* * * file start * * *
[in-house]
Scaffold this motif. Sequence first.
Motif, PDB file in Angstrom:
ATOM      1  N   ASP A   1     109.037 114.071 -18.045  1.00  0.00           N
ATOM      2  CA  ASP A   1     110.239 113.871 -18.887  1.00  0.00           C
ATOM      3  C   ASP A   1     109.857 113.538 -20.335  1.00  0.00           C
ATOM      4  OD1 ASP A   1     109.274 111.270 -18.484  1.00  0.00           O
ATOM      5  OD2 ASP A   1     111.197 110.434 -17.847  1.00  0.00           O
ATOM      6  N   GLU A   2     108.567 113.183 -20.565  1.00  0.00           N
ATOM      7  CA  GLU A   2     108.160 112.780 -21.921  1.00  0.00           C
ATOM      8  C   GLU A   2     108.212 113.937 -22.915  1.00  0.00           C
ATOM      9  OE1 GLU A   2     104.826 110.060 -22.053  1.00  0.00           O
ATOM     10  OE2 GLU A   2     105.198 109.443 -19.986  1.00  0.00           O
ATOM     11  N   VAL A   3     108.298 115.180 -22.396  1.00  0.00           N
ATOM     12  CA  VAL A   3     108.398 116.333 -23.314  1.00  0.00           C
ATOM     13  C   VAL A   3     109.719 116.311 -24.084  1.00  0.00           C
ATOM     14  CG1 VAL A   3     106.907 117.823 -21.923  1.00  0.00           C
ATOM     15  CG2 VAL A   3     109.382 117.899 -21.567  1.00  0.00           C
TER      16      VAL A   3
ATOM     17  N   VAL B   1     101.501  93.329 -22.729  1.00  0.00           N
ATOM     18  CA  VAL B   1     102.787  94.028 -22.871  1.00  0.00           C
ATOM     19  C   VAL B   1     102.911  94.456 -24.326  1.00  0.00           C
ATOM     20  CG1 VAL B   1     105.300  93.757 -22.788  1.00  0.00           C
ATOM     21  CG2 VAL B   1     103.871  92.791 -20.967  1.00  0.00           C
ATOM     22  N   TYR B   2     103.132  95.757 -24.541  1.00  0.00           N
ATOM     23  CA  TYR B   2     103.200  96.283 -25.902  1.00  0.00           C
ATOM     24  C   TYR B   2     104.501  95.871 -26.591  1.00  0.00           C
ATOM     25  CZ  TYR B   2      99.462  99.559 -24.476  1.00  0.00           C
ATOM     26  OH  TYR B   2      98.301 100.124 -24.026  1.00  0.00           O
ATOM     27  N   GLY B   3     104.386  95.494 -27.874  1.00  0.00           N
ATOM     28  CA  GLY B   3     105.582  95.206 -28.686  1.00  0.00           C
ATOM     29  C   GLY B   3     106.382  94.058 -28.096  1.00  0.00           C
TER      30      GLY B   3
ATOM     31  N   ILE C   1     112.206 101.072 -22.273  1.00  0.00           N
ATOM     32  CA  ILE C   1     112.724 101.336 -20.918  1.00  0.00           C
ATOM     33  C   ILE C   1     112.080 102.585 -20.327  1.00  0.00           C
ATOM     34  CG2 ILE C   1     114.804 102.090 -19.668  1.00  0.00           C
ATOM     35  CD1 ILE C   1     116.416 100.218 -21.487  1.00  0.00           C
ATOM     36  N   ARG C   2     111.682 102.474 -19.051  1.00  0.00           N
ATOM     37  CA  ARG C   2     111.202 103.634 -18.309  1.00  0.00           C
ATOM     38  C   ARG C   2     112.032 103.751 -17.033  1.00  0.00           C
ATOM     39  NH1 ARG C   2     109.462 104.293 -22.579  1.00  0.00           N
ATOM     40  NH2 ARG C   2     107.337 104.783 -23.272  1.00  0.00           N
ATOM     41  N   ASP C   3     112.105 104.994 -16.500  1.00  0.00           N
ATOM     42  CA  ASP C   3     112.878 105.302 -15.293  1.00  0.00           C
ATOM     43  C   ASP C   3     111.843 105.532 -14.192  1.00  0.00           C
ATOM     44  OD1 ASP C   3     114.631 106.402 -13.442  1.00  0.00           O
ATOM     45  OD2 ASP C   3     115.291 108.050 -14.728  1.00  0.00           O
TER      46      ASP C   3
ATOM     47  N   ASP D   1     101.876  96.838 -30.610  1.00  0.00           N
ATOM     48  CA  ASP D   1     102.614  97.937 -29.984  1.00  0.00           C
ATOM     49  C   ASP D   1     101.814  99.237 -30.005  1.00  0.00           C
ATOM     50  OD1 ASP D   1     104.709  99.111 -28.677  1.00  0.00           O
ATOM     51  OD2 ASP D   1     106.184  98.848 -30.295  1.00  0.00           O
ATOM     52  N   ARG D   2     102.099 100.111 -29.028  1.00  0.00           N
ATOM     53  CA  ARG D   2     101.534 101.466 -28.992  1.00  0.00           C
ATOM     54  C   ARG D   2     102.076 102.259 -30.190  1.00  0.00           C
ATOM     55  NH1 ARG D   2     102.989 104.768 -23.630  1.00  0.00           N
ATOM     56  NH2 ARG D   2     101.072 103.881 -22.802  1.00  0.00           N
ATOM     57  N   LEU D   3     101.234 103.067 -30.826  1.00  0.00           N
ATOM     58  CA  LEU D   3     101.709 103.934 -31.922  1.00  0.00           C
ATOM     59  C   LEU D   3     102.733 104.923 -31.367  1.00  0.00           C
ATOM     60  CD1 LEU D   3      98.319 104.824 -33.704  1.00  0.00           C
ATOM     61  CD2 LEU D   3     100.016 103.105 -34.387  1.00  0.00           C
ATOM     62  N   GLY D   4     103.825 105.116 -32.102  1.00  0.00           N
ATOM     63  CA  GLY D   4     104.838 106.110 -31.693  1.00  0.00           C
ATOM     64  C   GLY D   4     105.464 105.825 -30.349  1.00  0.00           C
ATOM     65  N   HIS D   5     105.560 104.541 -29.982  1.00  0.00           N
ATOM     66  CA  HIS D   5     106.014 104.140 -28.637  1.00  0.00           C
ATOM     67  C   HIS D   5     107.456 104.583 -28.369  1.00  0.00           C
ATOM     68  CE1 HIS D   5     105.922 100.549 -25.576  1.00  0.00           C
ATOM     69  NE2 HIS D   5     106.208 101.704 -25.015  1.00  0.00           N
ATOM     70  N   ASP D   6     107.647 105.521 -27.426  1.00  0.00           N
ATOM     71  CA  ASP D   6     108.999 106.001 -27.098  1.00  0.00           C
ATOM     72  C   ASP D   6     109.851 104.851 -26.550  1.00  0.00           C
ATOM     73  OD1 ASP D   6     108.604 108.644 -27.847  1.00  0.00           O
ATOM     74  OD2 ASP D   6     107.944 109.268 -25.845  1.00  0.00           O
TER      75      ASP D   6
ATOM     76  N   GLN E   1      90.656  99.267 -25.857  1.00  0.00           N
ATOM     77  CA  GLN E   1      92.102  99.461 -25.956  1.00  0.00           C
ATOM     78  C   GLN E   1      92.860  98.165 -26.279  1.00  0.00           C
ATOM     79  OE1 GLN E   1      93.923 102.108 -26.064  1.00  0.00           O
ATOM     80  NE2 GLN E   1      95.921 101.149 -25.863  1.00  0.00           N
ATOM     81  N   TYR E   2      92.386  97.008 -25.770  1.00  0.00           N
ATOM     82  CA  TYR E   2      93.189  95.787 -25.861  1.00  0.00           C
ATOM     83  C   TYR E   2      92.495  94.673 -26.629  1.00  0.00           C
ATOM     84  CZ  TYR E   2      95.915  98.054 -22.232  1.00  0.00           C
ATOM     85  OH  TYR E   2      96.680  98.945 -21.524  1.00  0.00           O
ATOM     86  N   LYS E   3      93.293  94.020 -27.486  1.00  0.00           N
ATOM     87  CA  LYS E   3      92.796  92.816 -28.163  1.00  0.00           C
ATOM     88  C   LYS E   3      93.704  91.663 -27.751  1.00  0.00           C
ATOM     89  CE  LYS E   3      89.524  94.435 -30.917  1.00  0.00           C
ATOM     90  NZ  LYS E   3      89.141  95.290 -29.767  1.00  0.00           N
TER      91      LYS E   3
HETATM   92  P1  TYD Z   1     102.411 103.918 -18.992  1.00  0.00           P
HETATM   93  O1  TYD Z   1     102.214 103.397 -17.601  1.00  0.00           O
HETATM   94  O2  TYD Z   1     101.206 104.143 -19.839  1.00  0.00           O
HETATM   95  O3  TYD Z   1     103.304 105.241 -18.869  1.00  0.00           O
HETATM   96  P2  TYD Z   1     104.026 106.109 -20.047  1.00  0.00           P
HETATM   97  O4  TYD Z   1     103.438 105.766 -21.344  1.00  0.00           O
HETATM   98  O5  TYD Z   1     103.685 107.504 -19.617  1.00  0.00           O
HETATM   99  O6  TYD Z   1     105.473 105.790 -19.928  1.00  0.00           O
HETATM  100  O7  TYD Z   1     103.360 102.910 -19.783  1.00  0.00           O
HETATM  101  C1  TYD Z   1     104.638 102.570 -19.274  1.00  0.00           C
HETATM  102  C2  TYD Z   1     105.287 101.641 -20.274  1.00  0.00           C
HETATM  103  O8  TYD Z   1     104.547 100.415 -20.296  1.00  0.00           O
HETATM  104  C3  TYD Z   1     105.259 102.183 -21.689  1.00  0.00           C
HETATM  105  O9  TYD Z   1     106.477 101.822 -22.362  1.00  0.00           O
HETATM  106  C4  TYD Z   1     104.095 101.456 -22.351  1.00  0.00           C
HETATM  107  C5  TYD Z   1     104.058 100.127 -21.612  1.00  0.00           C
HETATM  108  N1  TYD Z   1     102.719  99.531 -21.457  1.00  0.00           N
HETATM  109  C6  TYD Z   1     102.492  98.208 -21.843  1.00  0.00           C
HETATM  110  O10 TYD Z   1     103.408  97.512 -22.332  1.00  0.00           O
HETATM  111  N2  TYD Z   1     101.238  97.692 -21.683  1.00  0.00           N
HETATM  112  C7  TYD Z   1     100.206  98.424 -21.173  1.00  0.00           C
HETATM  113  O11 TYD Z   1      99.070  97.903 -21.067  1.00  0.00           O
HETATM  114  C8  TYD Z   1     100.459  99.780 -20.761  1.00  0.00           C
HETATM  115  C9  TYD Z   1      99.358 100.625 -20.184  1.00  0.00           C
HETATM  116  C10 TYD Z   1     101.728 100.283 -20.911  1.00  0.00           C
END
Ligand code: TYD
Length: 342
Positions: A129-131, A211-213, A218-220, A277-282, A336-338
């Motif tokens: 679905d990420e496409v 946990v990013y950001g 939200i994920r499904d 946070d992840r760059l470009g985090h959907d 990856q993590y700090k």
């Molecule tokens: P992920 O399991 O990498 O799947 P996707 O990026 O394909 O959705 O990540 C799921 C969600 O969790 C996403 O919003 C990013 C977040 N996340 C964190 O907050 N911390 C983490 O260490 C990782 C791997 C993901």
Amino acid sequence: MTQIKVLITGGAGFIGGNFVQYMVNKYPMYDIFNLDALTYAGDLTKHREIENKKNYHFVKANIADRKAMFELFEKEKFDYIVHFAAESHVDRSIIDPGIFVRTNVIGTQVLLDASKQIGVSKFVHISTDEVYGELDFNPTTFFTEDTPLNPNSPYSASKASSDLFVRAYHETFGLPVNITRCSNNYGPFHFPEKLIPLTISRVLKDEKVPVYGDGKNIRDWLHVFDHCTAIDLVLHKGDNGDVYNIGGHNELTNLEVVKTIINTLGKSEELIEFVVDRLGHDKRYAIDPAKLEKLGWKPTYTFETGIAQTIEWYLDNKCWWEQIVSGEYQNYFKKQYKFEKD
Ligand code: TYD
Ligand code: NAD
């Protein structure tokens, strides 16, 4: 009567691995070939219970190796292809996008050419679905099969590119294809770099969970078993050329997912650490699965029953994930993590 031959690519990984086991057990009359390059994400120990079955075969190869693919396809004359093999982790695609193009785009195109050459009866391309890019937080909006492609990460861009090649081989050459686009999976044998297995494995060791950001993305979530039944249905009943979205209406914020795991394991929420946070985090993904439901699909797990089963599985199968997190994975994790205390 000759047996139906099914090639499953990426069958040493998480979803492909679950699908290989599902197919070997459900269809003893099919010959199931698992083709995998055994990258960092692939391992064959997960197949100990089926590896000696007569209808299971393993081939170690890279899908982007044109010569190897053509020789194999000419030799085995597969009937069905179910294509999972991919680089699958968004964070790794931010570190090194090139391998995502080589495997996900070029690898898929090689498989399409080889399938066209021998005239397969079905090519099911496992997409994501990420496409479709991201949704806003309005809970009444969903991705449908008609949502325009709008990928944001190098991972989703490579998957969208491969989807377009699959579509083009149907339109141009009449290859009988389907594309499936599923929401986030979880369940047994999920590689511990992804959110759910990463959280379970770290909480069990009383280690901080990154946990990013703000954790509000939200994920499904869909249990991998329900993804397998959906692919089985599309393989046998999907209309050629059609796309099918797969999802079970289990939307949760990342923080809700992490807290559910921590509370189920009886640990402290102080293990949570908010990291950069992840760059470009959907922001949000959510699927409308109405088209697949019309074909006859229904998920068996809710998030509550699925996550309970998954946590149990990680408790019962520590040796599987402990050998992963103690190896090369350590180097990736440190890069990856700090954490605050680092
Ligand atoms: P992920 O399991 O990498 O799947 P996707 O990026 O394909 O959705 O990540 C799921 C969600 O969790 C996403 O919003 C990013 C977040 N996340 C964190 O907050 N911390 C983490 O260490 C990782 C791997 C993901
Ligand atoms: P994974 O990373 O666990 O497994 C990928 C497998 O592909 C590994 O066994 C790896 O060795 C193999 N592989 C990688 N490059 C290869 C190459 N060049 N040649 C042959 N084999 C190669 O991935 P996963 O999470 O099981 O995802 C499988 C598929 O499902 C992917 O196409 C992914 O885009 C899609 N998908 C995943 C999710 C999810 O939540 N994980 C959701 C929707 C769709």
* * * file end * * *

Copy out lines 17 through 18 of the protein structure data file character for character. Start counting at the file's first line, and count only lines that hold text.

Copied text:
ATOM     14  CG1 VAL A   3     106.907 117.823 -21.923  1.00  0.00           C
ATOM     15  CG2 VAL A   3     109.382 117.899 -21.567  1.00  0.00           C